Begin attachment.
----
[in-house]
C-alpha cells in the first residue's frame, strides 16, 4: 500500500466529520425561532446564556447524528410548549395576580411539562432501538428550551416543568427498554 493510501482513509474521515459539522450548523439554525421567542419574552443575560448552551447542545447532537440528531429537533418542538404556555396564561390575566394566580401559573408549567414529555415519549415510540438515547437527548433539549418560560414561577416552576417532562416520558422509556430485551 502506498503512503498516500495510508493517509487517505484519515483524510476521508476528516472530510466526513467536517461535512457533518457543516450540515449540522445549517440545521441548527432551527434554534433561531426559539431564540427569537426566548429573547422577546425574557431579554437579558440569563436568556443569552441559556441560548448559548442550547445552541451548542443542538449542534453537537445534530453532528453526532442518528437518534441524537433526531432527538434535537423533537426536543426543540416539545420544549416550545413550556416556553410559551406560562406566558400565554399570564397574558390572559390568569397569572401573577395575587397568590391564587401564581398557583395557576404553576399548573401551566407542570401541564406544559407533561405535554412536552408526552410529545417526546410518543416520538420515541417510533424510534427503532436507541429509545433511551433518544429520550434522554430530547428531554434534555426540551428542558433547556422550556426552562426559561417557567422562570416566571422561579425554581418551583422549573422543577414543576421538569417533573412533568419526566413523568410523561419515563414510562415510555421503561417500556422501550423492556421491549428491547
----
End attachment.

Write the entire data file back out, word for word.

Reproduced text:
[in-house]
C-alpha cells in the first residue's frame, strides 16, 4: 500500500466529520425561532446564556447524528410548549395576580411539562432501538428550551416543568427498554 493510501482513509474521515459539522450548523439554525421567542419574552443575560448552551447542545447532537440528531429537533418542538404556555396564561390575566394566580401559573408549567414529555415519549415510540438515547437527548433539549418560560414561577416552576417532562416520558422509556430485551 502506498503512503498516500495510508493517509487517505484519515483524510476521508476528516472530510466526513467536517461535512457533518457543516450540515449540522445549517440545521441548527432551527434554534433561531426559539431564540427569537426566548429573547422577546425574557431579554437579558440569563436568556443569552441559556441560548448559548442550547445552541451548542443542538449542534453537537445534530453532528453526532442518528437518534441524537433526531432527538434535537423533537426536543426543540416539545420544549416550545413550556416556553410559551406560562406566558400565554399570564397574558390572559390568569397569572401573577395575587397568590391564587401564581398557583395557576404553576399548573401551566407542570401541564406544559407533561405535554412536552408526552410529545417526546410518543416520538420515541417510533424510534427503532436507541429509545433511551433518544429520550434522554430530547428531554434534555426540551428542558433547556422550556426552562426559561417557567422562570416566571422561579425554581418551583422549573422543577414543576421538569417533573412533568419526566413523568410523561419515563414510562415510555421503561417500556422501550423492556421491549428491547